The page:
INDUSTRY TRENDS

Laboratory Initiation of Cascade Genetic Testing Spurs Uptake

A laboratory-initiated, online effort to reach cancer patients’ relatives coupled with discounted genetic tests can increase rates of cascade testing, according to a study published in the January issue of the Journal of the National Cancer Institute. Almost half of patients’ first-degree relatives followed through with genetic testing when contacted by a laboratory.

“The results have been very striking, as traditional approaches to cascade testing result in only about 30 percent of relatives undergoing testing,” said coauthor Allison Kurian, M.D., from Stanford University (California), in a statement.

While cascade testing is recommended for Lynch Syndrome and Hereditary Breast and Ovarian Cancer Syndrome, in practice, there are barriers to its implementation, including cost (with tests costing more than $500), insurance restrictions (e.g., Medicare does not cover preventive genetic testing of cancer-free relatives), and confidentiality laws prevent doctors or genetic counselors from directly contacting a patient’s relatives.

This study evaluated an online initiative in which carriers of one of 30 cancer-associated genes, or their first-degree relatives, could offer low-cost testing to other at-risk, first-degree relatives. The known carrier or their first-degree relative, could apply to the family testing program by creating an online account and uploading their previous test results. In addition to those applicants with a qualifying pathogenic result, the laboratory distributed information about the program through online advertisements, at clinics, and at events for families with hereditary cancer. After initial application, the testing laboratory sent emails to first-degree relatives, identified by the applicant, inviting them to undergo multiplex sequencing of these 30 genes at an out-of-pocket cost of $50 through a CLIA-certified laboratory. The protocol required first-degree relatives with positive results to speak by phone with a genetic counselor to obtain test results and receive counseling about cancer risk.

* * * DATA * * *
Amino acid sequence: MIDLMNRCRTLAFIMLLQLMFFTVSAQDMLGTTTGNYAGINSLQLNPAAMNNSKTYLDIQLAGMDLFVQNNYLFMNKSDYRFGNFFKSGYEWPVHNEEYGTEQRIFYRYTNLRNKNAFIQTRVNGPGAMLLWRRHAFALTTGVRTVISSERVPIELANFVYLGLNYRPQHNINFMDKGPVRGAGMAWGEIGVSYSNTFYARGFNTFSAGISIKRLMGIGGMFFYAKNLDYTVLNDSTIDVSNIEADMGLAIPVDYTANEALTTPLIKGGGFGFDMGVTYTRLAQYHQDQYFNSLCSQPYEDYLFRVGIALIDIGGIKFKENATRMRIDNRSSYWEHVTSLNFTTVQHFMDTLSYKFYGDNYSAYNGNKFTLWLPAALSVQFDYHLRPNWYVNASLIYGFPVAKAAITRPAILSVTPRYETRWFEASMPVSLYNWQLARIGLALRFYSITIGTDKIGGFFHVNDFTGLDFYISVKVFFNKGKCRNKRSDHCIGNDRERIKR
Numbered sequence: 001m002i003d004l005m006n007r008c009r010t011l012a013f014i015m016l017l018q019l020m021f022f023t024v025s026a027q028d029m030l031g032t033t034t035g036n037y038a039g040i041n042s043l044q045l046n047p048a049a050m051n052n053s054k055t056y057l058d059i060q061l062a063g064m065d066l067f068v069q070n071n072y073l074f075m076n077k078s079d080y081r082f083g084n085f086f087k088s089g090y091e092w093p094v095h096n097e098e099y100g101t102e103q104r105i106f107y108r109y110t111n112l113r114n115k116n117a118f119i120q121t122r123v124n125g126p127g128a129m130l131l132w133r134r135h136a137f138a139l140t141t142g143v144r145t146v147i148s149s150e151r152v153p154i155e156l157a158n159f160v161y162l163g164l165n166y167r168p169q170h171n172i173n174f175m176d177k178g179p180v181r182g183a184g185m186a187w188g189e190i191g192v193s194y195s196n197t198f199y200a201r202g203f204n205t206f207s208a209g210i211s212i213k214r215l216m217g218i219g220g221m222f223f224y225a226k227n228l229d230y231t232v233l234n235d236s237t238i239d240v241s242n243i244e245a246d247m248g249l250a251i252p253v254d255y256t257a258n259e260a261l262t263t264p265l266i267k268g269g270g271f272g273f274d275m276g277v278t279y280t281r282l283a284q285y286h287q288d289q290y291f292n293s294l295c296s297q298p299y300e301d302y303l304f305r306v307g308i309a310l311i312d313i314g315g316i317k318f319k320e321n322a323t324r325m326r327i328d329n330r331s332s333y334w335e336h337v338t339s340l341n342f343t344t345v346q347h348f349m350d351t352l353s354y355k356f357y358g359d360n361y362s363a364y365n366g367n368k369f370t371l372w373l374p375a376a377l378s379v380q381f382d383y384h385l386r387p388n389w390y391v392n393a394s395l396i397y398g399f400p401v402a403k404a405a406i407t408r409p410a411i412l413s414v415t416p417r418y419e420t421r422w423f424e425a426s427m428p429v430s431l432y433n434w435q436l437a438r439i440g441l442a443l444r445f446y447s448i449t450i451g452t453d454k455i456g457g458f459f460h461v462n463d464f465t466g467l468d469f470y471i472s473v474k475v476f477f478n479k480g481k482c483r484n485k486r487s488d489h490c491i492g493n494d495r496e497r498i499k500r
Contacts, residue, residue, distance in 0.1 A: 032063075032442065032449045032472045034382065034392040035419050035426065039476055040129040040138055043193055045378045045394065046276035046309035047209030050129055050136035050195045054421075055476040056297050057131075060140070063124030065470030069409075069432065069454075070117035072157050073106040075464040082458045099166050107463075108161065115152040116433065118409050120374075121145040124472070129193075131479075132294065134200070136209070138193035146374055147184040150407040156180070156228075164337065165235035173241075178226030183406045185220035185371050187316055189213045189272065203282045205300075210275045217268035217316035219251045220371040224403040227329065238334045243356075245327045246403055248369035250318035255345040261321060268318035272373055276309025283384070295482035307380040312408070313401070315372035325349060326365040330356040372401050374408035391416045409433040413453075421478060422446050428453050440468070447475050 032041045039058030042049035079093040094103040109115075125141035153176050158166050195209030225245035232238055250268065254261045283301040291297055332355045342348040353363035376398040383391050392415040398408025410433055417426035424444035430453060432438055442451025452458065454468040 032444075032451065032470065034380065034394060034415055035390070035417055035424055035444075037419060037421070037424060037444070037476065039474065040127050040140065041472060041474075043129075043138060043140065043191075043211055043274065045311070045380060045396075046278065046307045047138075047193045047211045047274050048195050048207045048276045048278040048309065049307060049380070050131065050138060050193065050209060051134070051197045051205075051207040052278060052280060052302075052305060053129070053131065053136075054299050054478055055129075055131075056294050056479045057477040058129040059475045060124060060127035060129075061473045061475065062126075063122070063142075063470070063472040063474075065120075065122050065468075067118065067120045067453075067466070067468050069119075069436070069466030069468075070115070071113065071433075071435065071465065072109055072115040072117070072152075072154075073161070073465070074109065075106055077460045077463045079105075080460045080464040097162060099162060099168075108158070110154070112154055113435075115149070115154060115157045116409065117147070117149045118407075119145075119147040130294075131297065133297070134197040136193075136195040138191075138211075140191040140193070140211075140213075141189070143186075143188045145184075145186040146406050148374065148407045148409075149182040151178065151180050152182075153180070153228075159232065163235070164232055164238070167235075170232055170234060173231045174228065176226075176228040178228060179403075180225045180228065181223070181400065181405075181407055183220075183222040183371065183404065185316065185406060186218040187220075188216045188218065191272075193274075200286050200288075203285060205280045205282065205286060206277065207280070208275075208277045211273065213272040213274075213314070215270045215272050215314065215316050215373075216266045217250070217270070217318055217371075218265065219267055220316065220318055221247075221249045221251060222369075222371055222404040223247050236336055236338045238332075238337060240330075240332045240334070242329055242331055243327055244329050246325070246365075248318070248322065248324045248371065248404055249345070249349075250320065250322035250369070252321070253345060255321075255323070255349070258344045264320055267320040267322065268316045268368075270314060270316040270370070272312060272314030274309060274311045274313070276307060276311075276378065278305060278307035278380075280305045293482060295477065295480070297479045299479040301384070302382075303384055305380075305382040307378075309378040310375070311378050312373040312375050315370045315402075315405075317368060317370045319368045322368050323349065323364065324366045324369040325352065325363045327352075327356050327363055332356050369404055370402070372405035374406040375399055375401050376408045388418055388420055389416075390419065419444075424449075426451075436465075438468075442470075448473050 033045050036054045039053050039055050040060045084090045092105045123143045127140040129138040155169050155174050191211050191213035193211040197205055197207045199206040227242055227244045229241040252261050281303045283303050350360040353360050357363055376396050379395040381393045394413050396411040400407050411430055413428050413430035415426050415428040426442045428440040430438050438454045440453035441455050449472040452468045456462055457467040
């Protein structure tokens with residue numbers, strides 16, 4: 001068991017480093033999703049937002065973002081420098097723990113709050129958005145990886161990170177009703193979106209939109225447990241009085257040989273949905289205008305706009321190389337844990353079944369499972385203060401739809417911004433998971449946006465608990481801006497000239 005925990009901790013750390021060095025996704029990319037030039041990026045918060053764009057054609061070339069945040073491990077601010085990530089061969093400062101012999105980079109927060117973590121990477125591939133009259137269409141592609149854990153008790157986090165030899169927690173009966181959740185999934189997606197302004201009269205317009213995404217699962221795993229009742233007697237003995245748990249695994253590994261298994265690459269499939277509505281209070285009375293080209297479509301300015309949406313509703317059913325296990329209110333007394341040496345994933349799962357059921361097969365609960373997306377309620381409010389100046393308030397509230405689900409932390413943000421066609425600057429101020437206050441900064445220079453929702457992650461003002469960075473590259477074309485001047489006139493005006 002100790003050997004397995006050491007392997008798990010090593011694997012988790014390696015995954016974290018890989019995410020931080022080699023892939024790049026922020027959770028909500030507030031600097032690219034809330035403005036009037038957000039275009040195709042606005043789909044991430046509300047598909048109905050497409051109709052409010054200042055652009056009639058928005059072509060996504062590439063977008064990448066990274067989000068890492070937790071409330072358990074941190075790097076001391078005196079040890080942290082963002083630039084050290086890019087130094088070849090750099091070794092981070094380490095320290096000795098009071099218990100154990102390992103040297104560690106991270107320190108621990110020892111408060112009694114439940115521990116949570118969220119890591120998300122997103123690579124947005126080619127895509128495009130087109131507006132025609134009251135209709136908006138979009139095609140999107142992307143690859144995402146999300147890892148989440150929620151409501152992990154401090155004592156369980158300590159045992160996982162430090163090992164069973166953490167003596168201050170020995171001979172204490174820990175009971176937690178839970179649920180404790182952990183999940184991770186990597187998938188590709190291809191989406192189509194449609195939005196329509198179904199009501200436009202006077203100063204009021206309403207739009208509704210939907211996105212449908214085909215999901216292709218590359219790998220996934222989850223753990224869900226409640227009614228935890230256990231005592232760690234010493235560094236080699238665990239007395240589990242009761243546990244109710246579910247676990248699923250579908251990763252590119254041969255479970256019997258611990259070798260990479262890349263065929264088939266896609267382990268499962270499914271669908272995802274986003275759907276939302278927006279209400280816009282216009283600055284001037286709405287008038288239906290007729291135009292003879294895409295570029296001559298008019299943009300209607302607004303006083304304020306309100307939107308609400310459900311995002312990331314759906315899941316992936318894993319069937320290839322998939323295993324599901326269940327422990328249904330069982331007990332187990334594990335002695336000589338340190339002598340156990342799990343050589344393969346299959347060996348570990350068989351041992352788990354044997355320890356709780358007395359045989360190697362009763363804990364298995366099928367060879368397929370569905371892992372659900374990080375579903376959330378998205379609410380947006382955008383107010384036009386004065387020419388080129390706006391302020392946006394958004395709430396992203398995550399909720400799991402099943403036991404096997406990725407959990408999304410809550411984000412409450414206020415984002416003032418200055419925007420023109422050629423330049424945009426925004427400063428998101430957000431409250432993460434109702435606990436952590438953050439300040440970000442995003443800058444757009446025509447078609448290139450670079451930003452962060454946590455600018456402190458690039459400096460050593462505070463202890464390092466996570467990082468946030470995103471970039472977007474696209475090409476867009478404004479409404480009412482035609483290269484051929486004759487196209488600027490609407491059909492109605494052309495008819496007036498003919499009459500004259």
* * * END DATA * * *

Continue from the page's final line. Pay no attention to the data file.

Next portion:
The researchers found that over the program’s first year (September 2016 through September 2017), there were 1,101 applicants (741 carriers and 360 first-degree relatives), who invited 2,280 first-degree relatives to undergo genetic testing. Most applicants were female (78.1 percent). Just under half of invited relatives (47.5 percent) underwent genetic testing over a median of 216 days of follow-up. Of first-degree relatives who tested positive, 12.0 percent continued the cascade by inviting additional relatives to test.

“While the cascade rate might be expected to decrease with each successive invitation of relatives, the observed drop-off to 12.0 percent is likely suboptimal,” the authors write. “This drop-off could reflect limited understanding of test results, which is the major potential weakness of an online approach without in-person counseling.”

Invited female relatives were significantly more likely to follow through with testing than males (52.6 percent versus 42.0 percent). However, follow through was similar whether the carrier who invited them had a variant associated with a well-characterized syndrome or in a less well-characterized gene.

As might be expected, the authors say, 48.1 percent of tested relatives carried the identified familial pathogenic variant. However, 4.9 percent of tested relatives had a pathogenic variant in a different gene from the known familial one and 16.8 percent had a variant of uncertain significance.

“These pathogenic mutations were totally unexpected and suggest that this may reflect the prevalence in the general population of known cancer-associated mutations,” said Kurian in a statement. “It addresses a long-standing question in the field about what we might find if we routinely tested everyone.”

The genetic testing firm Color Genomics (San Francisco) partially funded the study.

Takeaway: Laboratory initiation of cascade testing may be an effective, low-cost way to overcome some of the barriers traditionally associated with adoption.

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